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Ski Resorts and Klout: Should You Even Care About This Often Ridiculed Score?

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Klout is measuring something, they say it’s influence, others aren’t convinced. As far as I can tell, they mostly measure reach and how effective that reach is. Whether influence is the right word for that isn’t that important.

Try as they might, Klout can never be 100% accurate because the idea of “influence” is subjective. You say this, I say that. It’s like debating the “right” length of spaghetti noodles. But, as I’ve said before, even spaghetti noodles can give you a pretty solid idea.

For example, no matter how you define the “right” length of spaghetti, if I say that I am 8 noodles tall and my wife is 7 noodles tall, while it’s not accurate, you still get a pretty good idea. In my opinion, that’s what Klout is great at, giving you a quick, “pretty good idea” of the potential influence/reach of someone. Generally speaking, someone with a Klout score of 15 is likely to be less active on social and have fewer people listening to them than someone with a score of 50. Can we agree on that?

That’s great and all, but…
So, are Klout scores useful? Yes, and I believe that every resort can benefit from them. Not by worrying about their own scores but by focusing on others’. Let me give you an example.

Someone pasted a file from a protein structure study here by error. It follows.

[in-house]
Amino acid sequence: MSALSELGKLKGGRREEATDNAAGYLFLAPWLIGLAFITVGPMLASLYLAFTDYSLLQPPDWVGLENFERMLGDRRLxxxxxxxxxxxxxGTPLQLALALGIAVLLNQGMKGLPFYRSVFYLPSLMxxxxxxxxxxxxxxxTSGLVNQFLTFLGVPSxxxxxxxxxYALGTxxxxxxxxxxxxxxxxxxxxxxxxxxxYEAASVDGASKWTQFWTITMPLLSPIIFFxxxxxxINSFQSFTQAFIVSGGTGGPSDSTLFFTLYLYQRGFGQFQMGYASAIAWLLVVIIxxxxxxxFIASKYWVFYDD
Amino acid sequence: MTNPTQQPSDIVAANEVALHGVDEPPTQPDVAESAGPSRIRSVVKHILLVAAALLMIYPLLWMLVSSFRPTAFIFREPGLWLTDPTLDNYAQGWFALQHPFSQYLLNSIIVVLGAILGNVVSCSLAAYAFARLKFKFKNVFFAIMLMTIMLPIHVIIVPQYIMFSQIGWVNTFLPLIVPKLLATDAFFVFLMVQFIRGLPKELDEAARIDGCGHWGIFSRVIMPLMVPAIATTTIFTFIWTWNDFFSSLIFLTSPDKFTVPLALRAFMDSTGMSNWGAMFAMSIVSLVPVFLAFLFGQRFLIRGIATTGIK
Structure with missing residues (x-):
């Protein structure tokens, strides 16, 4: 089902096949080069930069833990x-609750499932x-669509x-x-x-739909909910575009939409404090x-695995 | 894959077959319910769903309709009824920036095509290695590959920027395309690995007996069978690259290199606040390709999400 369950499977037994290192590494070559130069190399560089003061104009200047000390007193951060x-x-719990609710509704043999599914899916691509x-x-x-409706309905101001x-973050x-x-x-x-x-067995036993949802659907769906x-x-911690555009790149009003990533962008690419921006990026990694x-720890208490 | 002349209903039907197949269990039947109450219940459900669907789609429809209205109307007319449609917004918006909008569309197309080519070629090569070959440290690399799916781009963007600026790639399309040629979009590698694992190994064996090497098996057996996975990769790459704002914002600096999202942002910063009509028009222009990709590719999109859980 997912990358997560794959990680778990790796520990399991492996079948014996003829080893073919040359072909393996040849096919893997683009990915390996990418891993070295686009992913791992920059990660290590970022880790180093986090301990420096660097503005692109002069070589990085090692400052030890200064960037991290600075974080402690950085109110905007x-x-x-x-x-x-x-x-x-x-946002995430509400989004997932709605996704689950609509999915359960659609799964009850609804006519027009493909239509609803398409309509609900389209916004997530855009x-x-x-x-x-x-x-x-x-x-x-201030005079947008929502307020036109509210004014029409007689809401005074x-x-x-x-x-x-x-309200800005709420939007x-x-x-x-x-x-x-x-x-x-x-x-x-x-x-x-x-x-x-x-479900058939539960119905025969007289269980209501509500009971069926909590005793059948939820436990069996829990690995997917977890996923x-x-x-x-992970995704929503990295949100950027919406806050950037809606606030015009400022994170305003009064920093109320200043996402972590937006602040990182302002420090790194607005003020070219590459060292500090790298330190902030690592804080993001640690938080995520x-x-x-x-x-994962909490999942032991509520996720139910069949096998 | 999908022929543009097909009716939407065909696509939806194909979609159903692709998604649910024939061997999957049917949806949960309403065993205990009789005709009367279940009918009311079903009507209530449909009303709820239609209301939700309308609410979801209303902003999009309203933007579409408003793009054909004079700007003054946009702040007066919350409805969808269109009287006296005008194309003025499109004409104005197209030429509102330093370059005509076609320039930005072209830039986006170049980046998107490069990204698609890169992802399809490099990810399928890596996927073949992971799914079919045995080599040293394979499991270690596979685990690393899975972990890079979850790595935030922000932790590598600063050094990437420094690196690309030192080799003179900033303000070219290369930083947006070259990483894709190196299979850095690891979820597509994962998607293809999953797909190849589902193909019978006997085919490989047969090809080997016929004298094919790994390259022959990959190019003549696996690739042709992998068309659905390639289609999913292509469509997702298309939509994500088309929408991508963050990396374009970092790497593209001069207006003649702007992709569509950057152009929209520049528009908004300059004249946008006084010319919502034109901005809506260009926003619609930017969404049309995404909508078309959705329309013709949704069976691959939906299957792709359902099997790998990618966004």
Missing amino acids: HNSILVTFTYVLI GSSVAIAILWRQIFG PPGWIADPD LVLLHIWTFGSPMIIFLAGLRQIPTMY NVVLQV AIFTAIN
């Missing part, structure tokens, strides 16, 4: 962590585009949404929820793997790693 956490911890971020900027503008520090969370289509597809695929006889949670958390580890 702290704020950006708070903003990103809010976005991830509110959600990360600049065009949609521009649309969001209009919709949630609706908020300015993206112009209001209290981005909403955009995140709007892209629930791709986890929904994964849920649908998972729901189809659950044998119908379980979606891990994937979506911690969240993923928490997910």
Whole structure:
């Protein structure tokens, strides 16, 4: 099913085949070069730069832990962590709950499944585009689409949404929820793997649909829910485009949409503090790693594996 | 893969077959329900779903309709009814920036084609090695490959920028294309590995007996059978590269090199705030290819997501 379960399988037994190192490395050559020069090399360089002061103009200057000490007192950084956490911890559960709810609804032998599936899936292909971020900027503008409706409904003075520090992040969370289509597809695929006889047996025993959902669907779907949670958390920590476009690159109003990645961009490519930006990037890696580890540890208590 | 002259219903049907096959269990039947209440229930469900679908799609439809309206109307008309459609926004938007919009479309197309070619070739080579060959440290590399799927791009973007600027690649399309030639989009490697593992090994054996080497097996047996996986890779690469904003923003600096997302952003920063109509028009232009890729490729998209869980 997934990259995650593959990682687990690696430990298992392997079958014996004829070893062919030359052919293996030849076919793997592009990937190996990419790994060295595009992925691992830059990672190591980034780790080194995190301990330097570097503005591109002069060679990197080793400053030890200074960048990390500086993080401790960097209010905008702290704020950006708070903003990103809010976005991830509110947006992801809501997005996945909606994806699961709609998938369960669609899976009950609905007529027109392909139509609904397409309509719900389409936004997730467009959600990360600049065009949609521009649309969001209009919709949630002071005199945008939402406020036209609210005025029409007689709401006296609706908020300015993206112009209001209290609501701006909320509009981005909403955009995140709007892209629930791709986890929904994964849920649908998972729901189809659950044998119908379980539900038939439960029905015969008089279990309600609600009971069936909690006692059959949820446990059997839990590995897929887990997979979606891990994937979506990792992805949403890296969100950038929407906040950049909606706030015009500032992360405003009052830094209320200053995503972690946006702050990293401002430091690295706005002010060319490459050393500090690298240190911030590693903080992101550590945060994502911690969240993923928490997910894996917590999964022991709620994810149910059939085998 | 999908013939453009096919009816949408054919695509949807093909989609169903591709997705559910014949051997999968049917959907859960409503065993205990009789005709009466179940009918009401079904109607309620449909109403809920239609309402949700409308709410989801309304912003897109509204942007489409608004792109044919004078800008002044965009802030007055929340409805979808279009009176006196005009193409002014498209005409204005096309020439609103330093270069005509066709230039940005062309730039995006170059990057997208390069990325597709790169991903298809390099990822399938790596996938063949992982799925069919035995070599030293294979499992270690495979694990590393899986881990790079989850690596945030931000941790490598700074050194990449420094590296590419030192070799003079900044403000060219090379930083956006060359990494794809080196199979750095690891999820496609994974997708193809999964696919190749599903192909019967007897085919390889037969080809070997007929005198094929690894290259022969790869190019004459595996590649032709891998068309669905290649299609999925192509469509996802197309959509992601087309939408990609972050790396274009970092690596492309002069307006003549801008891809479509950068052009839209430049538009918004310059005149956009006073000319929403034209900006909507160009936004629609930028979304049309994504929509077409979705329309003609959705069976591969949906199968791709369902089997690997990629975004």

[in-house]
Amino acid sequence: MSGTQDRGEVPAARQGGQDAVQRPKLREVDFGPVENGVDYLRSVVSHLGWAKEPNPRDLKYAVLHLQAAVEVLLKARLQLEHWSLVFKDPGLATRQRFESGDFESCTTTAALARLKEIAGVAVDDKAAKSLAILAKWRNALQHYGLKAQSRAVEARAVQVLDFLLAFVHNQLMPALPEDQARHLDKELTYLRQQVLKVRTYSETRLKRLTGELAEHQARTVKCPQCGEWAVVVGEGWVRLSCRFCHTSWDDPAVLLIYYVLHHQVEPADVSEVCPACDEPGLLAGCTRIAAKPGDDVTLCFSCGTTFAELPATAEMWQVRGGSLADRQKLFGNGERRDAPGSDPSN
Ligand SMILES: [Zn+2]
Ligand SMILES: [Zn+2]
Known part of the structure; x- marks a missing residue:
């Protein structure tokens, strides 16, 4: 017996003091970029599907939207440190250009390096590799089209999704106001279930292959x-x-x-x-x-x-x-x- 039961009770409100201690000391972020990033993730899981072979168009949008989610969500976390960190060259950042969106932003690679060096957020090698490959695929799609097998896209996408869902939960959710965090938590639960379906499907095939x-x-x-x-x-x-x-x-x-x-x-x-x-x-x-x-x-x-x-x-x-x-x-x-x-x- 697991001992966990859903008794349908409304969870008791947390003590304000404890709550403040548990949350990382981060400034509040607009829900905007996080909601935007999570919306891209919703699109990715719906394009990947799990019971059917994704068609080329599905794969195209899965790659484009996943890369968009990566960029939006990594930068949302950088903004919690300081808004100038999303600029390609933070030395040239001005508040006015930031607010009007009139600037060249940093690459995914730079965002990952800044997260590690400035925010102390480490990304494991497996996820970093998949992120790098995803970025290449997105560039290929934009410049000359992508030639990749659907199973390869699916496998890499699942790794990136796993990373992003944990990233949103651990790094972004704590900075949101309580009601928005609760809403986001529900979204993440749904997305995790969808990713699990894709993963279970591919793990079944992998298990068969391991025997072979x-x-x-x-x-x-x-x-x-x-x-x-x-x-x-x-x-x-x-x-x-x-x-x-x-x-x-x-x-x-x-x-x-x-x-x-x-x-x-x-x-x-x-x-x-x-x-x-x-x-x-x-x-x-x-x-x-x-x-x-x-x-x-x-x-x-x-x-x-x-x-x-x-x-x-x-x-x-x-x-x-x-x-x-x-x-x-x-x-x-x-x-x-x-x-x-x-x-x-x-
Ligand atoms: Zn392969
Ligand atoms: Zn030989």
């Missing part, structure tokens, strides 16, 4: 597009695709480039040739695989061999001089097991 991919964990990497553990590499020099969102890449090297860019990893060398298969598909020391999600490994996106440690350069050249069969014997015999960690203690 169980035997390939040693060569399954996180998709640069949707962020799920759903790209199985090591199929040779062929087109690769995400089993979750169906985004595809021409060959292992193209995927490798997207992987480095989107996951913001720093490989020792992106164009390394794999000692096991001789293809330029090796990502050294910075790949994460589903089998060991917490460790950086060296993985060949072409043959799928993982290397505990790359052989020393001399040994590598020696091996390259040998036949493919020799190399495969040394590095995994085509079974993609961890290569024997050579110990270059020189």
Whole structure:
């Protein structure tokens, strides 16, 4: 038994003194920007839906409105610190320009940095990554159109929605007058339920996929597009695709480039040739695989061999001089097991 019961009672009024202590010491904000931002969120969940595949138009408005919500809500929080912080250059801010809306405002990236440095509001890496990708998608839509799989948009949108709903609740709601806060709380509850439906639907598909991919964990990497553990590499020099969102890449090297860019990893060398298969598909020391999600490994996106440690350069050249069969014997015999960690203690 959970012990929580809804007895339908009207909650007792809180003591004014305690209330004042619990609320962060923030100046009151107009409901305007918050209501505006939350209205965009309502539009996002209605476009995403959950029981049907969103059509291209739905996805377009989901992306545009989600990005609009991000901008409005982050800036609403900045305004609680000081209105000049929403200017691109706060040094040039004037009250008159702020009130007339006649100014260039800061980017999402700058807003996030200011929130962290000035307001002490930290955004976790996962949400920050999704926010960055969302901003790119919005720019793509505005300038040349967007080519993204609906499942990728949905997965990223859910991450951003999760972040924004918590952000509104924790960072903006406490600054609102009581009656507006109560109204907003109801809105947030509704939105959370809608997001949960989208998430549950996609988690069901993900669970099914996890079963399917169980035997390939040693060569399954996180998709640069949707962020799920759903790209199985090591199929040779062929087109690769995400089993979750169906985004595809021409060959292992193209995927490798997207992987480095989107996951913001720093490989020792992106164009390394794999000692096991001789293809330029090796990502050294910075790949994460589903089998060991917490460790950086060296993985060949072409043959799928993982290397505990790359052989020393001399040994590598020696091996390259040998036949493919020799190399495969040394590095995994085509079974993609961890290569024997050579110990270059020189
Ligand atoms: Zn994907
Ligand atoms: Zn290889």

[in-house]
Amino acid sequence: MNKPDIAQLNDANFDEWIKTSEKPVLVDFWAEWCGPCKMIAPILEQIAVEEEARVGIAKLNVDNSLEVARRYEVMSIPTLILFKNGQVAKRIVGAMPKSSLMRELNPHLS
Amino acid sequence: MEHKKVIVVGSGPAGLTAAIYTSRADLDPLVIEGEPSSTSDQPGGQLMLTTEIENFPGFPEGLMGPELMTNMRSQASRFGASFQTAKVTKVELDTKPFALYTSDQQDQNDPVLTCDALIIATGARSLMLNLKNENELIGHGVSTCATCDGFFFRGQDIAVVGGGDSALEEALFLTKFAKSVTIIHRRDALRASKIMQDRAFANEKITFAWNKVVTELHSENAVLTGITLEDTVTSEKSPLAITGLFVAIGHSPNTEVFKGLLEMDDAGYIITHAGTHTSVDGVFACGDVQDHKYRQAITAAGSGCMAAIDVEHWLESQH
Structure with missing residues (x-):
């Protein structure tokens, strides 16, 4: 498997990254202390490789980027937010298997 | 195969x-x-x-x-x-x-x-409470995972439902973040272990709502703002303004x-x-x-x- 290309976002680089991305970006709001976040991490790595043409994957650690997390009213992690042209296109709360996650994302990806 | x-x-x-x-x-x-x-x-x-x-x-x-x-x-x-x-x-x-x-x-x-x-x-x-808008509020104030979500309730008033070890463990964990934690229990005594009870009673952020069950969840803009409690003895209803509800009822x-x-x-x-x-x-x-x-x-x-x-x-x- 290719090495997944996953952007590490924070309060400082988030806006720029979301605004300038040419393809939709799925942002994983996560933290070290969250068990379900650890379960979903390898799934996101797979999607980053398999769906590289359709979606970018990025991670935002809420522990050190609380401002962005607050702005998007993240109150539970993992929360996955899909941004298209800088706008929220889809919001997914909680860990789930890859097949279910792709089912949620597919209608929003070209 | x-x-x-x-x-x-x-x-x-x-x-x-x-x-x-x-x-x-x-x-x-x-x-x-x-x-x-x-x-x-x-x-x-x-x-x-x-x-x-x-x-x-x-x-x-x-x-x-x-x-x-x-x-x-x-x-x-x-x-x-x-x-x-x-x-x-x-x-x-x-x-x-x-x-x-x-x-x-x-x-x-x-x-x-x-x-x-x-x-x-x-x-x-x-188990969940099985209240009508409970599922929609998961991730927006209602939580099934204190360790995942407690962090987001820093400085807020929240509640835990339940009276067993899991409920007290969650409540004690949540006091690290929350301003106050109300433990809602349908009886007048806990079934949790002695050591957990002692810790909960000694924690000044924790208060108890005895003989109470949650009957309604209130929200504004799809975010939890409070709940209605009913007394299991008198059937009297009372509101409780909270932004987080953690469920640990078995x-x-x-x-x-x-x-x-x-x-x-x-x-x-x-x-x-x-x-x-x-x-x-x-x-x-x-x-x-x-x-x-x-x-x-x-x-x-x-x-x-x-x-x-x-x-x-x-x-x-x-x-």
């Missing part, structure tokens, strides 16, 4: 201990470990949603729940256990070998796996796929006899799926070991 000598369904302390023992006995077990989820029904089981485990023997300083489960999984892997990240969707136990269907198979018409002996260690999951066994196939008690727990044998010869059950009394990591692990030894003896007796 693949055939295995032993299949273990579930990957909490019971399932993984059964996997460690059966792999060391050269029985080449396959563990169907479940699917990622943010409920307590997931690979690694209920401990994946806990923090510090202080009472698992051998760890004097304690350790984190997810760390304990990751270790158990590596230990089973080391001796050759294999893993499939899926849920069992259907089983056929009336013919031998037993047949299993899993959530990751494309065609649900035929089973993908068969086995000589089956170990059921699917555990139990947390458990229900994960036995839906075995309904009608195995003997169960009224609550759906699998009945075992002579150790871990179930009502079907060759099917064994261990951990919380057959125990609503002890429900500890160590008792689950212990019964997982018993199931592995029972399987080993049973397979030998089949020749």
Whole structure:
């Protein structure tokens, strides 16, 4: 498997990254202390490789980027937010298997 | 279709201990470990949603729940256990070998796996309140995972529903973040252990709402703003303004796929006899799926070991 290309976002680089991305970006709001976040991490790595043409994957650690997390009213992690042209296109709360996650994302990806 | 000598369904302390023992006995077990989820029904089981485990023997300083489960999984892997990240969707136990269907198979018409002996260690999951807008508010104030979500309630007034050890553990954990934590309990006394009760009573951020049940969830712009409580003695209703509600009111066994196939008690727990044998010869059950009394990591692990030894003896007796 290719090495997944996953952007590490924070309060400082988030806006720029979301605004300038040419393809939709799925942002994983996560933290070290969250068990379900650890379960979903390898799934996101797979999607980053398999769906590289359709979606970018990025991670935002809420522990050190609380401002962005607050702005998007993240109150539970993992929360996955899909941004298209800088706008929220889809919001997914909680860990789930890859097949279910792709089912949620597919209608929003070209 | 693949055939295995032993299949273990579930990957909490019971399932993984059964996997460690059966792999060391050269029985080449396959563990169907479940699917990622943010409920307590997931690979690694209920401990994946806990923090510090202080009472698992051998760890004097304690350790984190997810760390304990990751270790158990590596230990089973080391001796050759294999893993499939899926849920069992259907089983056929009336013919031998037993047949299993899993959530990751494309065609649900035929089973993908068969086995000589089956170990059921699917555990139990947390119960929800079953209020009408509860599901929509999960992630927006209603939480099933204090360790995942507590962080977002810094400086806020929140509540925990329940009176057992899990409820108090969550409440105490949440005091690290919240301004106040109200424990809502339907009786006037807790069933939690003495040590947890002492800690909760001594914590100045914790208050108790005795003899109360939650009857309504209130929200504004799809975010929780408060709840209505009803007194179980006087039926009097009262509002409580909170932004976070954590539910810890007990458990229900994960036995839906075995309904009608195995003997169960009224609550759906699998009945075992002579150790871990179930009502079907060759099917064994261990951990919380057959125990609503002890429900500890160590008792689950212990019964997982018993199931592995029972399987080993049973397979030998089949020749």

Let’s say you have two guests that come to your resort, fill out a survey as they leave, and both end up having a Net Promoter Score of 3. Something probably went wrong during their visit, right? This type of guest poses multiple risks including a) they may not come back and b) they may tell others about their bad experience. Now, if guest A has a Klout score of 15 and guest B has a Klout score of 50 and you can only contact one of them to resolve any concerns, which one will you contact?

Everything else equal, it would make more sense to resolve the concerns of the guy with a score of 50. He is more likely to share his bad experience and, if he does, the damage will likely be bigger.

The Bright Side
Let’s flip the tables. Again, two guests, two surveys, but this time, the NPS for both is 10. They loved their ski vacations. Who would you want to write a guest blog post about their trip? Probably the guy with a Klout score of 50. He may not be a better writer, but once his post goes live, he’s going to drive a lot more traffic to your site than Mr. 15 which means more people will see him as an evangelist for your resort.

He’s also more likely to post pictures and video during his trip and share his experiences. If you have some rooms in your hotels that are 3G and WI-FI dead zones, you’d better make sure he’s not in one of them.

The Key
You’ll probably notice a word I used more than once in this post: likely. Klout doesn’t give you guarantees, the score tells you who is more likely to have certain habits and reach within the social sphere.

It’s easy to jump on the Klout-haters bandwagon, but if you can let go of those feelings for just a moment, I think you’ll see that Klout scores can really be a helpful tool to have.

About Gregg & SlopeFillers
I've had more first-time visitors lately, so adding a quick "about" section. I started SlopeFillers in 2010 with the simple goal of sharing great resort marketing strategies. Today I run marketing for resort ecommerce and CRM provider Inntopia, my home mountain is the lovely Nordic Valley, and my favorite marketing campaign remains the Ski Utah TV show that sold me on skiing as a kid in the 90s.

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